Divorce is a cosmic hazing and it’s only natural to feel emotionally depleted. It’s temporary.  In time, I will feel better than ever.


I am constantly evolving into my true self.


Up and down, up and down.  The roller coaster of emotion seems never ending, but it will stabilize.


I allow my tears to flow, as they are nature’s detoxifiers.


I will be joyful again.  Even now, amidst the turmoil, there are moments of grace.


I am doing remarkably well.


I will get to the other side when I’m ready.


I can love myself right now, exactly as I am.


I may not like what is true for me now, but I can handle it.


I can allow myself to be rocked to my core, it’s appropriate.


Nature can always be a refuge: a leaf, a tree, the sky, I let them remind me of life’s glories.


I ask God/Spirit to walk with me.


In the midst of chaos, I am healing.


I am using this crisis as a catalyst for growth.


I am gentler and kinder to myself than ever before.


I  will be happier than I can imagine.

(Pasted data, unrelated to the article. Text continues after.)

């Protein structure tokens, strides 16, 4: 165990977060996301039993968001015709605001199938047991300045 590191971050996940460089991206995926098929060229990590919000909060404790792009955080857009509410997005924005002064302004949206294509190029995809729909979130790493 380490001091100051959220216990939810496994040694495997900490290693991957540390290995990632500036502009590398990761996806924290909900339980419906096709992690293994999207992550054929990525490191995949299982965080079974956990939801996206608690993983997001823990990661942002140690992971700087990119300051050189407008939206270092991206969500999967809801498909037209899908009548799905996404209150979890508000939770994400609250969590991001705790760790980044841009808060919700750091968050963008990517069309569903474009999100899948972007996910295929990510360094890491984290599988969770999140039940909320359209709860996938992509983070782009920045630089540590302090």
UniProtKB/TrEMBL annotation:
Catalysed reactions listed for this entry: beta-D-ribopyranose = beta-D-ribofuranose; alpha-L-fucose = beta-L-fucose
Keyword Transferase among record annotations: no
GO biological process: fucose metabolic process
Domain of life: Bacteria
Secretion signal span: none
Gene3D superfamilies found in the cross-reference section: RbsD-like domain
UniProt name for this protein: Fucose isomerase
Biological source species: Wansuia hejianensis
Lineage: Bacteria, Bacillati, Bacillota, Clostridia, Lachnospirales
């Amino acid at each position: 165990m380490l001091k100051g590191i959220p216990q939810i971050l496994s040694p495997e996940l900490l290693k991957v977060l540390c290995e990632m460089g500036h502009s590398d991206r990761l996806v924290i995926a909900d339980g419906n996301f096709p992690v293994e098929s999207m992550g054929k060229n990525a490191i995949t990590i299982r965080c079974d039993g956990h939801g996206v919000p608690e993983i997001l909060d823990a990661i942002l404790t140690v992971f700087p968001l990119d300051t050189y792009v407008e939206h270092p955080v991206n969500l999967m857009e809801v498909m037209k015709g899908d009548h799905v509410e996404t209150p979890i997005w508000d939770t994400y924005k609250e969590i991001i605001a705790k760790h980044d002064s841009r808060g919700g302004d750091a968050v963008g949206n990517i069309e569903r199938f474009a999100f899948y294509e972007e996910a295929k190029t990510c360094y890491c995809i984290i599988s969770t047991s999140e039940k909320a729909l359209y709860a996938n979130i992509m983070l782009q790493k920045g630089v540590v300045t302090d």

Suffering is just as vital a part of life as joy; I’m here to experience everything.


I make it safe to feel all my feelings.


There is so much love for me in the world.


My soul shines amidst the chaos: luminous and beautiful.

Copyright Nicole S. Urdang


How to Handle: “Get over it already.” July 23, 2009

There seems to be a prevailing philosophy that all grief should disappear in a short time.  Its mantra, “Get over it already,” is uttered incessantly, whether you just broke-up, lost a job, had an accident, or buried a loved one. What’s the rush, and whose healing schedule are you on? Surely, not theirs. Grief work (which can include anger, anxiety, depression, remorse, resentment, and feelings of worthlessness) has no timetable.  It is as unique as your fingerprint; yet, there seems to be this belief that moving on as fast as possible is the only right way.  Of course, with this mandate saturating our culture, anyone who takes his or her time to fully grieve is left with the double whammy of having endured whatever sparked the grief and feeling like a failure because they haven’t “gotten over it” yet.